7 Stages of Learning Tai Chi
Having taught tai chi and qigong to more than 15,000 students, I have come to a deep understanding of seven distinct stages that my students have gone through in learning and adopting tai chi into their daily lives.
Stage 1: Starting the Tai Chi Search
Students talk to their friends and health and ﬁtness practitioners. They read tai chi books and tai chi research on the Internet about practices that can help them achieve their goals. They ﬁnd something that rings true intellectually or emotionally—it seems right, it makes sense or they think it will solve their particular problems. They look for intellectual conﬁrmation to bolster their view. They narrow their choices to a few.
Stage 2: Seeing What Fits
In this stage, people research what tai chi teachers and tai chi classes are available. They may take an introductory tai chi class or weekend seminar and talk with different tai chi students and teachers. They may purchase a tai chi video and try a practice on their own. They ﬁnd out about the challenges involved and then must make a decision if it is something they want to do.
Stage 3: Committing to a Tai Chi Class
In this stage, people commit to a tai chi class several times a week. External factors matter: the setting of the tai chi class, the personalities of the teacher and other students.
Stage 4: Practicing Tai Chi Outside of Class
There is an ancient phrase that tai chi teachers like to quote: “The teacher leads you to the gate, but only you can pass through.” At some point, students must take tai chi unto themselves and make it their own.
That begins with practice tai chi outside of class. The tai chi teacher will show what the next learning phase is and ask students to practice in order to progress. At ﬁrst tai chi beginners will feel happy to learn the basic tai chi movements and get better at them. But, the bigger challenge is to learn them well enough to feel their impacts deep inside the body and mind and develop the new inner rhythms that will lead to adopting tai chi as a daily practice.
When students begin to practice tai chi outside of class their practice is often erratic. There is no support from their tai chi teacher or other students when they encounter moments of forgetfulness or awkwardness.
There are also the very real challenges of encountering negative emotions without anyone to provide guidance. In addition, there is the inherent slowness of the process in learning and remembering the tai chi moves and feeling the beneﬁts. The best strategy for success at this stage in learning tai chi is for students to ﬁnd a consistent time and place to practice—a time that is held apart and becomes routine and inviolable in a place where the tai chi practice cannot be interrupted.
Stage 5: Committing to Tai Chi Mastery
Students have stuck to the tai chi class long enough to learn basic tai chi movements and have developed the practice habits that bring about new internal rhythms. While practicing tai chi, there will be breakthrough moments when new plateaus are reached. In these moments students suddenly feel more agile and alive; their minds and spirits have moments of great clarity and focus; they feel moments of total relaxation combined with a new ability to handle tensions and anxieties. They recapture the sheer joy of learning they once had as children.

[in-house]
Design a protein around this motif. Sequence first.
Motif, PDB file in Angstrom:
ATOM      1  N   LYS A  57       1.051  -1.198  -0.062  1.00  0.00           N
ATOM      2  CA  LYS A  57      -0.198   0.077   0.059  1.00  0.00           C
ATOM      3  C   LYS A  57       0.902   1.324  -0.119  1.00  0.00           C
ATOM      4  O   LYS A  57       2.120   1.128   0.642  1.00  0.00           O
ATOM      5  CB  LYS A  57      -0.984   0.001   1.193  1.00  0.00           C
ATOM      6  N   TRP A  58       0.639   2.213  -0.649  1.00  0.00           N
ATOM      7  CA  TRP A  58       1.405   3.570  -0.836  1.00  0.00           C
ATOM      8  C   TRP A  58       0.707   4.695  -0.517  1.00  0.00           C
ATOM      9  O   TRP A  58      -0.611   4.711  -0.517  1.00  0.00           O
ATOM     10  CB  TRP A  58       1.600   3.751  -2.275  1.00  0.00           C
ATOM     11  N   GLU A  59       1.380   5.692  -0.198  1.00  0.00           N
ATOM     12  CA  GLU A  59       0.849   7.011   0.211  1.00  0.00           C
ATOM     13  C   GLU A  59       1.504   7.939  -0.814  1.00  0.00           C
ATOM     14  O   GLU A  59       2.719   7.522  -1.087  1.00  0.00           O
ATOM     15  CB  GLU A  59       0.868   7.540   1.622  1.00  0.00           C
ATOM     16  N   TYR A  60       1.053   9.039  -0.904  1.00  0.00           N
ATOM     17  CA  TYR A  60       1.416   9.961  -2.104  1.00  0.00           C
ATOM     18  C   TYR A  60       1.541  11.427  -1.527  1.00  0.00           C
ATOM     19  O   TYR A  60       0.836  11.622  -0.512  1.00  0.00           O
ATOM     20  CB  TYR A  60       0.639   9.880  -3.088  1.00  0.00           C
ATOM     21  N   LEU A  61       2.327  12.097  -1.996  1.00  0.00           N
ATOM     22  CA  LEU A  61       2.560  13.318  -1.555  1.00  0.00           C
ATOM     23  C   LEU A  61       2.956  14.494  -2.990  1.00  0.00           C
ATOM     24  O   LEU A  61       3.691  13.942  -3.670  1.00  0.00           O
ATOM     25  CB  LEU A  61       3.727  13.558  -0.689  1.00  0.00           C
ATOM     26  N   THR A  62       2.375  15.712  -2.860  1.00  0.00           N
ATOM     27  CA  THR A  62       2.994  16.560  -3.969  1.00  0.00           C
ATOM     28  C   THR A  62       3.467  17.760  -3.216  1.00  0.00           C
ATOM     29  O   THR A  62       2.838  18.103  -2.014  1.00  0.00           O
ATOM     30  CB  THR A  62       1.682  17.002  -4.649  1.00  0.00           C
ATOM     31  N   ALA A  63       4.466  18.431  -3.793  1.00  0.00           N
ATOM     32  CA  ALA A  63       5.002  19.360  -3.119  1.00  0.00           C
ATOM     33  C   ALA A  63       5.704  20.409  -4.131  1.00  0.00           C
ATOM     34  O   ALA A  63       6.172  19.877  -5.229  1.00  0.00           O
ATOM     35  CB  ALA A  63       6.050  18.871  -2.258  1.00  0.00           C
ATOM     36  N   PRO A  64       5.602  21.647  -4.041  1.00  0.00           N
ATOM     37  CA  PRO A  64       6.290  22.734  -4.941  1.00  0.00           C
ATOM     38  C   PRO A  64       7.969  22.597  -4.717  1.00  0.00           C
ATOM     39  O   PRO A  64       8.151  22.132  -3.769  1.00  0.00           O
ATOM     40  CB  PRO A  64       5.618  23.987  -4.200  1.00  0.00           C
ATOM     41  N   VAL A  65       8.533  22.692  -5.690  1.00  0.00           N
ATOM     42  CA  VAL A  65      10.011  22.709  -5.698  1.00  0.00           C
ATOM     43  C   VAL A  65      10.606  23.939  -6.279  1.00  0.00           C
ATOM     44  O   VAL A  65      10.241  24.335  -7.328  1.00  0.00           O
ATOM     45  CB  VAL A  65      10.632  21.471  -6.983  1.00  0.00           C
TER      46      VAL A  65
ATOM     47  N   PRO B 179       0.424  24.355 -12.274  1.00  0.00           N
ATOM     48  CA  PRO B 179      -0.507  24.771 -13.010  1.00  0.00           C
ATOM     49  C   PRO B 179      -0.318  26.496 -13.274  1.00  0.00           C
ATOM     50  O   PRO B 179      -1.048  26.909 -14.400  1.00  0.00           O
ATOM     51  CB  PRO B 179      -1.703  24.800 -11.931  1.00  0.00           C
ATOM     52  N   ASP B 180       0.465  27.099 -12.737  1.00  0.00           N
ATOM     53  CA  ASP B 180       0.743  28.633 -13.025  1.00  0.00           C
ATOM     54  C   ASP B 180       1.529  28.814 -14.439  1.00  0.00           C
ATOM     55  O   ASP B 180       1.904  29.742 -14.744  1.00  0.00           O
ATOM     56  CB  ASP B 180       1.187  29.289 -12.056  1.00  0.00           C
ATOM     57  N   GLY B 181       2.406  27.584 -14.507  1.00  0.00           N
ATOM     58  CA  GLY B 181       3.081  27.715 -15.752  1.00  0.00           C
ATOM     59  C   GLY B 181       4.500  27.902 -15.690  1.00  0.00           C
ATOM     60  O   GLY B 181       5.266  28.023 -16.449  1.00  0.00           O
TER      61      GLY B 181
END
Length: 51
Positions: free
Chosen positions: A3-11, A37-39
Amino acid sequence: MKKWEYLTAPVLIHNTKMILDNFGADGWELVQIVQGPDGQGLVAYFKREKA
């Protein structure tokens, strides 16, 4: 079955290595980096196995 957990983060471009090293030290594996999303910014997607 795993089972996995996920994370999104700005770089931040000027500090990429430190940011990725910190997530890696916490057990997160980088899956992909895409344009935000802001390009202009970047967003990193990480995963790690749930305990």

Stage 6: Facing Challenges
Chinese energy practices inherently come with inner difficulties to overcome and pass through. Plateaus may be followed by periods where not much seems to happen, the practice seems to be going nowhere and self-sabotage is likely. This is where tai chi students feel their negative karma and the effects of the accumulations of negative emotions.
They may quit just before a new summit is reached and sink back into self-destructive habits. Tai chi brings them increasingly into contact with their ego and the ﬂow of their energy. When they begin contacting that energy, for better or for worse, they will contact areas of their emotions or thinking that may make them feel out of control. When they start traveling in unfamiliar territory they might become uncomfortable and afraid of working through these feelings. They become fearful of what they may encounter and stop practicing tai chi.
One of the warning signs of self-sabotage is disassociation. Students do the tai chi movements on automatic pilot and remain unaware of their effects. They will have to make peace with themselves before they can pass through it and head towards the sublime. With diligence and perseverance students will build a solid tai chi foundation that will effectively and increasingly enable their practice.
Stage 7: Re-inspiration
In the period that follows a plateau or an encounter with a self-destructive habit, students need approach their practice gently and ﬁnd ways to challenge themselves with small successes so that their tai chi practice inspires them again.
They might try:
- Focusing on relaxing particular body parts as they do the tai chi movements, such as softening their shoulders or relaxing their stomachs.
- Making their tai chi movements more connected and smooth.
- Doing tai chi movements extremely slowly.
- Practicing one tai chi movement over and over.
- Relaxing into one tai chi posture and hold it for a minute or more.
Thinking of ways to continuously re-inspire themselves will keep the tai chi practice fresh and alive. Satisfaction must come from the inside and increasingly this is what the practice of tai chi can provide.